06 March 2024

Generation Z: the pariahs of the job market?

Tom Martin Senior Associate
Young people in meeting with business documents

The website resume builder surveyed 1,344 managers and found that 3 in 10 hiring managers say they avoid hiring Generation Z candidates. Generation Z refers to those born between 1997 and 2012.

Hiring managers say Generation Z candidates ask for too much money (42%), lack communication skills (39%), and don’t seem engaged (33%). Gen Z candidates don’t dress appropriately and struggle with eye contact according to the survey results. They exhibit entitlement (60%) and are too difficult to manage (26%). A third of hiring managers say they’ve had to fire a Gen Z employee within a month of their start date.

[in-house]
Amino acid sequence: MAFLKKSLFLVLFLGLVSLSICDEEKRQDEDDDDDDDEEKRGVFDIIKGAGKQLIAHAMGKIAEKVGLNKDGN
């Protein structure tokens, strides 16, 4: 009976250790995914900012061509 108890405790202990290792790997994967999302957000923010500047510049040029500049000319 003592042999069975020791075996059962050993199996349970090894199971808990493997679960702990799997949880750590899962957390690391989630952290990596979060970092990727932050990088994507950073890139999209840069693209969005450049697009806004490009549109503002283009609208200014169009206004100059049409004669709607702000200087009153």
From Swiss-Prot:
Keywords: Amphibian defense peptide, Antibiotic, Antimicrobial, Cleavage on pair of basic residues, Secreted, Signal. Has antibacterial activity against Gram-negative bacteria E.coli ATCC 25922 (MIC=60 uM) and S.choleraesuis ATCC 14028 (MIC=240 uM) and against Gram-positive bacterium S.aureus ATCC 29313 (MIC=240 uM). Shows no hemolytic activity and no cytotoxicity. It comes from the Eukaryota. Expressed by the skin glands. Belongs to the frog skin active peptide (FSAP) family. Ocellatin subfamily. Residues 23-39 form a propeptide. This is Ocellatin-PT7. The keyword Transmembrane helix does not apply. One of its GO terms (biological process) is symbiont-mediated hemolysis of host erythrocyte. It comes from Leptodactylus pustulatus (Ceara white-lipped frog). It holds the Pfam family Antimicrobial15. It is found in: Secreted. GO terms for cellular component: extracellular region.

Whilst these statistics make for interesting soundbites, it is important that employers do not have any generalised policy of avoiding the recruitment of people from ‘Generation Z’. To do so could risk claims of age discrimination. Direct age discrimination occurs when an employer treats a job applicant or employee less favourably than others because of age. Unlike other forms of discrimination, it is possible to justify direct age discrimination if it is a proportionate means of achieving a legitimate aim.

However, a policy of not employing anyone from Generation Z is not going to be easy to justify! All candidates should be looked at on merit and hired on a non-discriminatory basis – not sidelined because of the demographic that their age happens to place them in.

Tom Martin, Wilkin Chapman LLP
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